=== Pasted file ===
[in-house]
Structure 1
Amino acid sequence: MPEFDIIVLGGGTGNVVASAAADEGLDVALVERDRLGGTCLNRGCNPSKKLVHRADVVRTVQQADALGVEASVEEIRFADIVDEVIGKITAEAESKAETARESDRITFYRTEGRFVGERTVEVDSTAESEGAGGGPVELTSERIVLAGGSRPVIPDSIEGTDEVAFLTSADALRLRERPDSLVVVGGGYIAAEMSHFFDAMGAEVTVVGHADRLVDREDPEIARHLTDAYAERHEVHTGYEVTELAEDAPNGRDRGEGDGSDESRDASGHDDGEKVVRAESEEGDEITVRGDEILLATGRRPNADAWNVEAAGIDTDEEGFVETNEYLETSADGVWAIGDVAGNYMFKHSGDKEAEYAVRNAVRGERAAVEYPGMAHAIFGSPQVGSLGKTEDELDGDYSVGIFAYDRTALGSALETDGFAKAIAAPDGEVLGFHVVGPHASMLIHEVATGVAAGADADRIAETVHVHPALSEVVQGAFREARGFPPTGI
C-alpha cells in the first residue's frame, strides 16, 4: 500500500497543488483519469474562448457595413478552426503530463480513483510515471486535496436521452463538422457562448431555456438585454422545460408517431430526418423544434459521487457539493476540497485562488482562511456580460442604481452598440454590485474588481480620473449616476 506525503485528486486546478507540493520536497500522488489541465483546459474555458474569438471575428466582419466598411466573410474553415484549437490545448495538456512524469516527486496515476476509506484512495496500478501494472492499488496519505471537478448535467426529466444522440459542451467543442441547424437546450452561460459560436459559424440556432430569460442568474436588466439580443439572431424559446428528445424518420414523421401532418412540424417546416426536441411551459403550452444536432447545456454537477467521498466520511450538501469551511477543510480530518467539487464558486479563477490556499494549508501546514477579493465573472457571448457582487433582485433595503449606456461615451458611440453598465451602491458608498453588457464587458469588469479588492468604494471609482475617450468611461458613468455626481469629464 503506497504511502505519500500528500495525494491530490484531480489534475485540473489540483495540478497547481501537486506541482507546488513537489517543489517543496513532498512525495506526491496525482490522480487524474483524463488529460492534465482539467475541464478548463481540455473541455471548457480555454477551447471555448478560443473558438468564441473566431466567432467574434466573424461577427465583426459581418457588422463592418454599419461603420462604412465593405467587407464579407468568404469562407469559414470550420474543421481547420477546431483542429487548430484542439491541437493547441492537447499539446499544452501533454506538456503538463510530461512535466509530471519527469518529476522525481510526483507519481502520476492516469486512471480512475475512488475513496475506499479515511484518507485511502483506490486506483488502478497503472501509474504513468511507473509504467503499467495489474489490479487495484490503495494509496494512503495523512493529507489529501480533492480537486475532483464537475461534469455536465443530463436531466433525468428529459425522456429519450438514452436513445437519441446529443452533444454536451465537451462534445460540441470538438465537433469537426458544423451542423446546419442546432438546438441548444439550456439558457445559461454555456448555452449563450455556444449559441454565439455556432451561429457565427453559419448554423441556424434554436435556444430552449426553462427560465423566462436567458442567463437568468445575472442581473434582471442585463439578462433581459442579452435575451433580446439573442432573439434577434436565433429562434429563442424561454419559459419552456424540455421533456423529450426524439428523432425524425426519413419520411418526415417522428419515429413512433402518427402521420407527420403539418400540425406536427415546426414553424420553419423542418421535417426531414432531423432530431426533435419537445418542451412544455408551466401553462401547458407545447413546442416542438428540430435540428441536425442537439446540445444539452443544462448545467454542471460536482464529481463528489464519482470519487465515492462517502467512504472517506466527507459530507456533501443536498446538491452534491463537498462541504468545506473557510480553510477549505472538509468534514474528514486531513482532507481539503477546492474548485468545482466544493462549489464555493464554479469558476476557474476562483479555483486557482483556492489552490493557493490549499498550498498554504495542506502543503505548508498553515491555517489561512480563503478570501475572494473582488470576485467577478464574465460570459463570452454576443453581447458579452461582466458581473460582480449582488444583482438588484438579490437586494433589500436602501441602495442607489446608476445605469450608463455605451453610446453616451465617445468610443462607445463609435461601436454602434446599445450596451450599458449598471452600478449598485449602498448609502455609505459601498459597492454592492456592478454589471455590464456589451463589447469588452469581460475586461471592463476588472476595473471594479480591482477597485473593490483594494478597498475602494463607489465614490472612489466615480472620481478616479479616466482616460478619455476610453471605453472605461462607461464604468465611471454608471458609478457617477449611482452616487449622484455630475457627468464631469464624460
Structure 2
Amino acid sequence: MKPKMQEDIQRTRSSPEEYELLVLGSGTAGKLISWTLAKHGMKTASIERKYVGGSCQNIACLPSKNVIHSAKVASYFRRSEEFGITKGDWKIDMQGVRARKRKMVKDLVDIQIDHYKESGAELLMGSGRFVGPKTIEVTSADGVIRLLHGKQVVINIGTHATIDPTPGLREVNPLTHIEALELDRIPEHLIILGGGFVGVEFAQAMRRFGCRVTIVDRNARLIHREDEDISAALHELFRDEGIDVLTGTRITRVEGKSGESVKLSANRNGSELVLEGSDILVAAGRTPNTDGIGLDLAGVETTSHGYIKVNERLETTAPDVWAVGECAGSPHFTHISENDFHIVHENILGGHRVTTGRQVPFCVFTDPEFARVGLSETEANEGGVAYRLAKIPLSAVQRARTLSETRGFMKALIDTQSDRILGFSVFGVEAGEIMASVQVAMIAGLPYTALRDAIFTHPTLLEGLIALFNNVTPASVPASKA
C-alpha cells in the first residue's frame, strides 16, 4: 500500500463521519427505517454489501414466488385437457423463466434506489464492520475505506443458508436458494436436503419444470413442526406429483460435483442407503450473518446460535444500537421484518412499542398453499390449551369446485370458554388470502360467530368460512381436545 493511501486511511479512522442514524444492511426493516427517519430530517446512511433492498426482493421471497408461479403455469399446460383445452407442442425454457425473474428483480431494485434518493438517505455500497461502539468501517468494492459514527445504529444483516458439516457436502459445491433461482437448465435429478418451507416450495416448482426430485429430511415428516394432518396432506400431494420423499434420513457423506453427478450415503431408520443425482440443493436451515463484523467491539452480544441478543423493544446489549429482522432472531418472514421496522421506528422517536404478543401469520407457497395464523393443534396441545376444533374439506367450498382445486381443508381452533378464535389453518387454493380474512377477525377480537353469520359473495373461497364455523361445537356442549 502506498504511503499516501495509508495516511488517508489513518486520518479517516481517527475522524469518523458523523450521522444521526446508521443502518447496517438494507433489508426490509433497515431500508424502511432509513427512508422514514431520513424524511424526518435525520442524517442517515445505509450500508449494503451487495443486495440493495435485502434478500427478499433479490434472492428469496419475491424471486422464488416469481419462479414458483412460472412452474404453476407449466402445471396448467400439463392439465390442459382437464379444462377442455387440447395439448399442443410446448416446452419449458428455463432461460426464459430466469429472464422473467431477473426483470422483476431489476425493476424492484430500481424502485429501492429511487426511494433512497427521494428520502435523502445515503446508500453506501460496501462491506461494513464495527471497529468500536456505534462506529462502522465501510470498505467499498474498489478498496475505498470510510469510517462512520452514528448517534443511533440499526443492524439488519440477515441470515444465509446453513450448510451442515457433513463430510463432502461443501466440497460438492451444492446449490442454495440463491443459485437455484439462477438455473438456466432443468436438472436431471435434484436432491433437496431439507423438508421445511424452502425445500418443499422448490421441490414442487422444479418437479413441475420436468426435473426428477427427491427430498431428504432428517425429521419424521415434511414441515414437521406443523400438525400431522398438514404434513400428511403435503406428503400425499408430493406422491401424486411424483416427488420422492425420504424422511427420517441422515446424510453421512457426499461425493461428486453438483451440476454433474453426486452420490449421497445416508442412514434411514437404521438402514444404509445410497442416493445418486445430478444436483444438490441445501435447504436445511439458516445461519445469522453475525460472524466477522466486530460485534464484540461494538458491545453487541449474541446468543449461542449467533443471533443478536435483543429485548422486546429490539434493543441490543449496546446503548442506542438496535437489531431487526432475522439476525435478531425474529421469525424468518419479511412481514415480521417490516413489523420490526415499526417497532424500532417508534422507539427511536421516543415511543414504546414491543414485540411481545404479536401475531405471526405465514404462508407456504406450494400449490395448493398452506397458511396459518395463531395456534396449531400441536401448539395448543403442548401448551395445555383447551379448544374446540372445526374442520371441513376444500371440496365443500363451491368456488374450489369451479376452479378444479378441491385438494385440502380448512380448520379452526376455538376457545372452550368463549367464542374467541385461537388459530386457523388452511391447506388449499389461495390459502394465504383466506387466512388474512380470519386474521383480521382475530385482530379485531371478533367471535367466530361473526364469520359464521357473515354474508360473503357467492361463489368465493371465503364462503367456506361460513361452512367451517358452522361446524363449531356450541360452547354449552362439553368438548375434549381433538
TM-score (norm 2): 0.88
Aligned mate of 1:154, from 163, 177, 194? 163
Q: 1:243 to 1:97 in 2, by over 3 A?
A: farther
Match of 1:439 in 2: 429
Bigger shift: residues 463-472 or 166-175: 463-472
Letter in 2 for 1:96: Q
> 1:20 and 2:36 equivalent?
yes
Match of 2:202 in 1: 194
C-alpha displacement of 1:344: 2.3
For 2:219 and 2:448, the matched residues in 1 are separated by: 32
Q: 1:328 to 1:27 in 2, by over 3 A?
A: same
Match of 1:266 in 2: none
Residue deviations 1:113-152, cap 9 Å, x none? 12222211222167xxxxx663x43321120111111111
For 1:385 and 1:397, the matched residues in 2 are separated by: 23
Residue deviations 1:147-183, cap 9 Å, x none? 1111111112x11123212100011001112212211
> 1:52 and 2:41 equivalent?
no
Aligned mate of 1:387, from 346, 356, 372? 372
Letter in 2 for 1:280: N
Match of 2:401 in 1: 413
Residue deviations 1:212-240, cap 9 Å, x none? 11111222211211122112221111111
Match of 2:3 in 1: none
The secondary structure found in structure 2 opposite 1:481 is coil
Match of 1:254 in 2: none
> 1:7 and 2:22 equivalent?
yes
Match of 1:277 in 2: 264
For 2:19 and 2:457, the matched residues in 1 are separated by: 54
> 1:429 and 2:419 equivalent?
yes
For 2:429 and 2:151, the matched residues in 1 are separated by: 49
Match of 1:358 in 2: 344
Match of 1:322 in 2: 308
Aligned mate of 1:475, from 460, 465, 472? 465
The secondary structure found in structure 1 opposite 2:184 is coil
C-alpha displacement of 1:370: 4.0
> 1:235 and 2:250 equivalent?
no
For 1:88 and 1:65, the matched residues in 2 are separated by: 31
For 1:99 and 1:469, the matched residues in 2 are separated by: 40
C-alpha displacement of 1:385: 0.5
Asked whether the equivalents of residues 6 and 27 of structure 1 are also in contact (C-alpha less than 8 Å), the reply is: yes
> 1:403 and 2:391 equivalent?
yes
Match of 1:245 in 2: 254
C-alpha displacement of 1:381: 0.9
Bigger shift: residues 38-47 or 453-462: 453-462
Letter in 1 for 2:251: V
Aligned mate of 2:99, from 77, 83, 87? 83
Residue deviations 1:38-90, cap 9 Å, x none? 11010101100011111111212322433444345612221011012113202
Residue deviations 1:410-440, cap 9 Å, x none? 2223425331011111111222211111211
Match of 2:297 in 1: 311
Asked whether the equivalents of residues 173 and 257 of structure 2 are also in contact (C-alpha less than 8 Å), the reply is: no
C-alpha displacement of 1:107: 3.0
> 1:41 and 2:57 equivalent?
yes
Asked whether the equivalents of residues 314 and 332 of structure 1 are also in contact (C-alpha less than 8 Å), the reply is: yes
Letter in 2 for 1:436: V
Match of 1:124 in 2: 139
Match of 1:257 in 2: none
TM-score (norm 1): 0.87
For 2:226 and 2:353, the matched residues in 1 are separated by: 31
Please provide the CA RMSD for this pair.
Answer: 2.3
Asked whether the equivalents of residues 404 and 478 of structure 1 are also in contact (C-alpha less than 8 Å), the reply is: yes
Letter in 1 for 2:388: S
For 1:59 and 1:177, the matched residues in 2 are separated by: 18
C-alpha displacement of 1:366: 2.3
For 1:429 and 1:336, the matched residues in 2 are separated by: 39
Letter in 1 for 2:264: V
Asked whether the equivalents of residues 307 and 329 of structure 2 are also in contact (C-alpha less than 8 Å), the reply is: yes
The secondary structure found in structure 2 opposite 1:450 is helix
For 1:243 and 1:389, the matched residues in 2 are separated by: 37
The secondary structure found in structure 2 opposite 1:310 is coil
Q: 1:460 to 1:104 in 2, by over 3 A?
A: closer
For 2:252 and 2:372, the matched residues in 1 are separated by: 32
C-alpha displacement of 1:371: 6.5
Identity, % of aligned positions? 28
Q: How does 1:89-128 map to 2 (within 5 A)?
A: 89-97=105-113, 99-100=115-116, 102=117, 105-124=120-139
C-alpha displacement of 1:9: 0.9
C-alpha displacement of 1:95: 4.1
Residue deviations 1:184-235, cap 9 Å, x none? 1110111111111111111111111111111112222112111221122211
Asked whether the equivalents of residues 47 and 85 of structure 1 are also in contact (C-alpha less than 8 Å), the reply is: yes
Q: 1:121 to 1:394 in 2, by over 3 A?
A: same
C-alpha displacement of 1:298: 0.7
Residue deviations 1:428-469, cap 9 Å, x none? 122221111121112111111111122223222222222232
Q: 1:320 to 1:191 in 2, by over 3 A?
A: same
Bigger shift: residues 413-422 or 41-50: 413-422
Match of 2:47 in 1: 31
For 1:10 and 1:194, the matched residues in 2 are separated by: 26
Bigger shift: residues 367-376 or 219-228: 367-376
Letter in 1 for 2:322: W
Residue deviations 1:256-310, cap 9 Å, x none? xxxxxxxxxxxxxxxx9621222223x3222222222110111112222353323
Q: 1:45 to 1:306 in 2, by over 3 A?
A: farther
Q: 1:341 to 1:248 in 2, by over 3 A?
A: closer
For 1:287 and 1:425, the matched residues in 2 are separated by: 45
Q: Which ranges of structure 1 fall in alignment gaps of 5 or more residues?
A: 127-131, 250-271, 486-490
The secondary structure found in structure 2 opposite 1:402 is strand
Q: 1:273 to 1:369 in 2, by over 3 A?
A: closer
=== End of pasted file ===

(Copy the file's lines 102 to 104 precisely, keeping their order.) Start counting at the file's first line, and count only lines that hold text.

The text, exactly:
Bigger shift: residues 413-422 or 41-50: 413-422
Match of 2:47 in 1: 31
For 1:10 and 1:194, the matched residues in 2 are separated by: 26